The Camera Lies

Shutter takes a point-and-click approach to the Asian horror movie

James Baldwin once wrote, "It is said that the camera cannot lie, but rarely do we allow it to do anything else, since the camera sees what you point it at: the camera sees what you want it to see."

Baldwin understood that the camera is no dispassionate chronicler of life, but a device used to reveal hypocrisy, to blackmail, embarrass, titillate, move, or entertain. Its power to manipulate is what is so intoxicating about movies and television: the camera creates, reflecting the world of whomever holds it, but also creating a world of its own.

But perhaps the camera's greatest power is the illusion of objectivity—which is why people can't stop looking for truths within the frame. The premise of Shutter, the new horror flick by Japanese director Masayuki Ochiai, is that photographs contain secrets of life (or the afterlife) that we're oblivious to. They are a medium through which the dead speak to us.

The movie begins with newlyweds Benjamin and Jane Shaw (Joshua Jackson and Rachel Taylor) moving to Japan, where Benjamin has taken a job at a prestigious fashion magazine. Driving at night to a resort, Jane hits a young woman in the middle of the road and then drives into a tree. After the police arrive, no trace of the woman's body can be found.

The couple get on with their new life in Tokyo. But strange images begin appearing in all of their photographs—both Benjamin's fashion shoots and the couple's snapshots—alternately looking like blurs of light or ghostly images. Jane becomes convinced that the woman she fears she killed in the accident is haunting her. But as the movie unfolds, Jane slowly realizes that Benjamin is not the man she believed him to be, and that his past is what's come back to haunt them.

Old photographs can be pretty creepy and the movie smartly plays with this, as Jane at one point looks through a collection of random "spirit photographs." Photographs give us glimpses of the dead, frozen in everyday moments that seem to take on a profound significance. In them, we see the long dead, and wonder, where, in fact, did they go?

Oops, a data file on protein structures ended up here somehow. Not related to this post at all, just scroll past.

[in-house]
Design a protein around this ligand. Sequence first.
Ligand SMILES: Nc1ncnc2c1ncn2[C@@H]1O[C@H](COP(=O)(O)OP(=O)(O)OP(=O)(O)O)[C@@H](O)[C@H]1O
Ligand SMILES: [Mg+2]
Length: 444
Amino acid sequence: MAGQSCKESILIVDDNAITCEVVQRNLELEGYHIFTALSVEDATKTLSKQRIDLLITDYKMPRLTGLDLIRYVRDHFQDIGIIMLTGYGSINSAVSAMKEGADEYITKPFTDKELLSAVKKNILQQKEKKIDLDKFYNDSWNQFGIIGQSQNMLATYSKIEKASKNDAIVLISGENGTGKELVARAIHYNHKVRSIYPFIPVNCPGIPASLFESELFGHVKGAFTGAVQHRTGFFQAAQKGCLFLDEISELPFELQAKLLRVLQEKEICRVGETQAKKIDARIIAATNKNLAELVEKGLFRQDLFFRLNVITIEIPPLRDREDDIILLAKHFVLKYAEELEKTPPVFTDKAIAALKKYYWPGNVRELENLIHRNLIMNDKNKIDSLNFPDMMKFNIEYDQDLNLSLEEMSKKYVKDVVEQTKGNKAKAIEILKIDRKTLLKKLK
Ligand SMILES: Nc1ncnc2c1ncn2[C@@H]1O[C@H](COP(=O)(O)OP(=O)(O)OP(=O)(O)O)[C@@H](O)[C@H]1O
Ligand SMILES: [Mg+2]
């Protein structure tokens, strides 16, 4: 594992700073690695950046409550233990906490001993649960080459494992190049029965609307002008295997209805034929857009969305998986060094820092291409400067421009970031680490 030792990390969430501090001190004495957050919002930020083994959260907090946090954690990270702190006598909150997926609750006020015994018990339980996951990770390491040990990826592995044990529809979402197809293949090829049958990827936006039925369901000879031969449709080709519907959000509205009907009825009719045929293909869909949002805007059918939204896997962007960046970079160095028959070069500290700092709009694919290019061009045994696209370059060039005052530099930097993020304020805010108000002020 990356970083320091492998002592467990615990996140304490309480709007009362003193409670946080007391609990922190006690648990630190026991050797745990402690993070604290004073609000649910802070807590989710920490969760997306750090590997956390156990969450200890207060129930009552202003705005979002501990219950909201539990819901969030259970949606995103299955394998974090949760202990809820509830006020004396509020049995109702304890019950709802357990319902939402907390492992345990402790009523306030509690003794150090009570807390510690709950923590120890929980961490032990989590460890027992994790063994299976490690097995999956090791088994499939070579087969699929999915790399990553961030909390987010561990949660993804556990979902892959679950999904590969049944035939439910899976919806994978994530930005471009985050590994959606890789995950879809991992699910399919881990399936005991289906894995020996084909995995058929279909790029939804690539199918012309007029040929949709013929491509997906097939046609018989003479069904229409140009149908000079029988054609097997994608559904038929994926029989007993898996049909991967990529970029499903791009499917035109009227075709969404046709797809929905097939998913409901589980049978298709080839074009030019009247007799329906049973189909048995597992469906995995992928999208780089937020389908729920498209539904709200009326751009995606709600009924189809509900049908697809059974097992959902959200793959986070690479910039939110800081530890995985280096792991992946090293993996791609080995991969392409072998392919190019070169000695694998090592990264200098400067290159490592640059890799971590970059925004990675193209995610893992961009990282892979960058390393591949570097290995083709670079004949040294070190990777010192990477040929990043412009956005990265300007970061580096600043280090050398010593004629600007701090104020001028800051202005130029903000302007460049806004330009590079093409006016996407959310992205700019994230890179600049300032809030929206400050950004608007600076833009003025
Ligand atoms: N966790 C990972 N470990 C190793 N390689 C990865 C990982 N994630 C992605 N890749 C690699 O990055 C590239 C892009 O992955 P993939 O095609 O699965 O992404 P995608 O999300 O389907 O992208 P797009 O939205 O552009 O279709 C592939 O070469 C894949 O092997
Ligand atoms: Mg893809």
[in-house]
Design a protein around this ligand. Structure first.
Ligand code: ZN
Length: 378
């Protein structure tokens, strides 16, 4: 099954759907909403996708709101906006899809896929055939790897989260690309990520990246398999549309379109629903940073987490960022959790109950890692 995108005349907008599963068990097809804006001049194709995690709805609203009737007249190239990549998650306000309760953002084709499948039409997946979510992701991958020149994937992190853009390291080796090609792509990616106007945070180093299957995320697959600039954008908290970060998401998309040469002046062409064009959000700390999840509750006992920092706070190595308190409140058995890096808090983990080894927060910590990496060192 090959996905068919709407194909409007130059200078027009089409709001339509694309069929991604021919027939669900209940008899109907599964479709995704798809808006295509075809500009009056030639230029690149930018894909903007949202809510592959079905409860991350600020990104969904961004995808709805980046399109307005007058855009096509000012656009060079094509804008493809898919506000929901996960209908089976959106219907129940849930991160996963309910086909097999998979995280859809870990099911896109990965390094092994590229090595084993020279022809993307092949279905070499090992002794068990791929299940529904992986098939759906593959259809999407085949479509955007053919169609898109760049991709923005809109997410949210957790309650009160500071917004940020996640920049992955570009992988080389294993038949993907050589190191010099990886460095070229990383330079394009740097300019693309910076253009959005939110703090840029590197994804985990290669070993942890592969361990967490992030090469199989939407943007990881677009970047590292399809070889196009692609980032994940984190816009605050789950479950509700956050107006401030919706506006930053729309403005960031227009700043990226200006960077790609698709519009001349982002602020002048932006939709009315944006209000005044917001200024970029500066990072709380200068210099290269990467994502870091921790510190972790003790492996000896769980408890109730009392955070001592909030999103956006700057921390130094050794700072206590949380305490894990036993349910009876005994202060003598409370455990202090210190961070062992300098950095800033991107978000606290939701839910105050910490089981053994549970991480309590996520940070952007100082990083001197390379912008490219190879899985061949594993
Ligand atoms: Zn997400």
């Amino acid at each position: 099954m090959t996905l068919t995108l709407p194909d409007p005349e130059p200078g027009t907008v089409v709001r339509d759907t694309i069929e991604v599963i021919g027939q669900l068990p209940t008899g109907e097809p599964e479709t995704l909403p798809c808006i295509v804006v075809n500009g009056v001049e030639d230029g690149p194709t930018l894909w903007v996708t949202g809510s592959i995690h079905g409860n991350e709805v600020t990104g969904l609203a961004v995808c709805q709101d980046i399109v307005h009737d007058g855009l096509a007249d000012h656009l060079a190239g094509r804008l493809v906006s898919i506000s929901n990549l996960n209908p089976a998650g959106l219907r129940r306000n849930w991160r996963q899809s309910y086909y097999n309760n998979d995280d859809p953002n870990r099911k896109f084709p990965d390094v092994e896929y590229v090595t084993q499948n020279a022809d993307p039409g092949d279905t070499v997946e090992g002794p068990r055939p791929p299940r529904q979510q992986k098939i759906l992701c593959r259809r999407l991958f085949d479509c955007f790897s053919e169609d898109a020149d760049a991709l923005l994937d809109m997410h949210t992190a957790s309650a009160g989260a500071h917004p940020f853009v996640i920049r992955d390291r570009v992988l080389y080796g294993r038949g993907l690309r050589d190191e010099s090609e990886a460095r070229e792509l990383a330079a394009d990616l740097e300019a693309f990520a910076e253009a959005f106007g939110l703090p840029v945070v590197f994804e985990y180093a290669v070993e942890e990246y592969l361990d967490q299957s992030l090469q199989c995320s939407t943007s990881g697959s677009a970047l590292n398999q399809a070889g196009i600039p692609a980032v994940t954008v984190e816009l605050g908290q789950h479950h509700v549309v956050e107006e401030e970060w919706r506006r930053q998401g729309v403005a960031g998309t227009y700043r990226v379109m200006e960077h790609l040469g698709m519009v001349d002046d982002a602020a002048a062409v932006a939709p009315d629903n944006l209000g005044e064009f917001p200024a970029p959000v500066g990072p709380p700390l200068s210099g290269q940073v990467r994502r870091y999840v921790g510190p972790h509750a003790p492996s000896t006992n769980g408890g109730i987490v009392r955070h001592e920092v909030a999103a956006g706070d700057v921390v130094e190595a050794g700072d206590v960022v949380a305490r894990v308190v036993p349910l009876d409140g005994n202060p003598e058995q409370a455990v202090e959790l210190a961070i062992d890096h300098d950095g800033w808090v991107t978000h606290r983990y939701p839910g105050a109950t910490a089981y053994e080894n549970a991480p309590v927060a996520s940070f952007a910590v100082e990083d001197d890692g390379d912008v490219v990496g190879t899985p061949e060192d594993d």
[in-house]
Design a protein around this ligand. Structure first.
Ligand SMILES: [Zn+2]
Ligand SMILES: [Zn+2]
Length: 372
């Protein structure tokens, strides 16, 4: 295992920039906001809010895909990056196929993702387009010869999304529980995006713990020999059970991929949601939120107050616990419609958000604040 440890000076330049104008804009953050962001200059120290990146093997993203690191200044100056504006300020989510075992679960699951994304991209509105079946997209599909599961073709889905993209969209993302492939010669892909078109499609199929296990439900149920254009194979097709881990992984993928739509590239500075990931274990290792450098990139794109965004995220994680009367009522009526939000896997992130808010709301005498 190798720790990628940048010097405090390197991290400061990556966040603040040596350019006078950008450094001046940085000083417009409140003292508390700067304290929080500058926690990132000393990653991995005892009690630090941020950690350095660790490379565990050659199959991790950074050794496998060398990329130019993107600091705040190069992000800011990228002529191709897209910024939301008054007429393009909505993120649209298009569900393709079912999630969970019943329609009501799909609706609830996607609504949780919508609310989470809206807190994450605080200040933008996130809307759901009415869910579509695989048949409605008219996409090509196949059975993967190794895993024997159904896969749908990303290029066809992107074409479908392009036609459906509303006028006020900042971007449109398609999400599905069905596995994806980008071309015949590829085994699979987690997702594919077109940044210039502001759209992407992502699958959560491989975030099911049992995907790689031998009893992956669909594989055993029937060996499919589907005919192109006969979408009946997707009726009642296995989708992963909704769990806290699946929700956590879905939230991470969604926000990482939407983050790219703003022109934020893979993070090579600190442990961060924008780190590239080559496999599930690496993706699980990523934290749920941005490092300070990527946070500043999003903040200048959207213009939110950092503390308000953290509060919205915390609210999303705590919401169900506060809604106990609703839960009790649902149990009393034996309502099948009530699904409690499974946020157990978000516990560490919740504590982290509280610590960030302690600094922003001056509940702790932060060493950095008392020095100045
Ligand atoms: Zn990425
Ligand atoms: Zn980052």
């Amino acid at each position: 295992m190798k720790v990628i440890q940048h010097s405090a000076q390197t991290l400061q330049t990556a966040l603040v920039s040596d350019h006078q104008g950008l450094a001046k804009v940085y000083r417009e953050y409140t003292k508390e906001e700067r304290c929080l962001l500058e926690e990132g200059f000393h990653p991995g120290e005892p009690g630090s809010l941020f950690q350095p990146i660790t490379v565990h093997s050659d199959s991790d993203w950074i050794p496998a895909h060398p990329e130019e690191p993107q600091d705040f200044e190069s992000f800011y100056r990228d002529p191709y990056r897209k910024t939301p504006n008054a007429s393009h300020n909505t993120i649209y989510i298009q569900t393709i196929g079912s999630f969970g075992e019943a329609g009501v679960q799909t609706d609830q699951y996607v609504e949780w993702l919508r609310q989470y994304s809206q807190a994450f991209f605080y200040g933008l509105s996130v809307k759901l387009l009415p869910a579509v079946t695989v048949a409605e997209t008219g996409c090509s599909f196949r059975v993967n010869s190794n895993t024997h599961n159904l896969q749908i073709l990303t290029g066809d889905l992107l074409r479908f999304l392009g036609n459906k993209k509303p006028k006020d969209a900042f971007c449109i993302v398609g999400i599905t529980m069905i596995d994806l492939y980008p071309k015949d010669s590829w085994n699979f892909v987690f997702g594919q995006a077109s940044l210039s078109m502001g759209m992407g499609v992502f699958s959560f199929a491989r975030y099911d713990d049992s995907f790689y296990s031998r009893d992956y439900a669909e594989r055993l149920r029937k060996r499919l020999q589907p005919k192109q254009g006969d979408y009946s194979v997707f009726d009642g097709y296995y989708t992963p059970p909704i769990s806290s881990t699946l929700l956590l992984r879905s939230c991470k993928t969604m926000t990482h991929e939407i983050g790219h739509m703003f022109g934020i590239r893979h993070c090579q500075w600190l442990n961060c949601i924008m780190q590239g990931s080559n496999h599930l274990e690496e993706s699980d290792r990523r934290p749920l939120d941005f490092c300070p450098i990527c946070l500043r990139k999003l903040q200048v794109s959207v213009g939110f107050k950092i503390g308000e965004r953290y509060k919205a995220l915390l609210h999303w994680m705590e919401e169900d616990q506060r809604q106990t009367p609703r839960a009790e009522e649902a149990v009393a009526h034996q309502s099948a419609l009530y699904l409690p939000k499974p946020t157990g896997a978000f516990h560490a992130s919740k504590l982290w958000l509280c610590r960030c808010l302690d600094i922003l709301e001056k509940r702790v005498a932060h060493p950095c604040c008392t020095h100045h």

But photographs can also be mundane and boring, and the familiar poses tell us how to react: vacation photos, family photos, group office photos in front of tourist attractions, the subject extending a thumbs up, a way of winking at the future viewer.

So it is with genre movies. As a genre, horror films are pretty stale. The form was reinvigorated in the '90s by Asian filmmakers, most notably with 1998's Ringu (which got a credible Hollywood remake, thanks to Naomi Watts, in 2002's The Ring). Many of these Asian horror movies re-imagine ghost stories through modern technology—supernatural horrors using technology (the VCR, the camera, the subway) to haunt, imprison, and torture their victims.

But this device has already worn absurdly thin. Originally a Thai film that was also remade in Tamil, Shutter is a predictable genre flick with few surprises. Ochiai sets most of the film in Japan, which pushes the protagonists into unfamiliar territory—from the start, they're lost in an alien culture, which they hope to exploit and conquer. But soon they're doubting their sanity as they're confronted with the supernatural. There's a sense that the ghost that haunts them is a product of that alien culture and it won't be able to follow them across the Pacific to the United States, with its bland familiarity.

Of course, that isn't the case. And this horror movie turns into a morality play, with the bad guys brought to cruel, terrifying justice. Jackson and Taylor move the plot along in workmanlike fashion, but don't give us much to invest in: You don't really mind seeing them knocked out of their privileged, globe-hopping existence and end up rooting for the ghosts.

While Shutter doesn't reinvent the ghost story, it does a competent job with the formula, recreating those spooky surprises, one more time.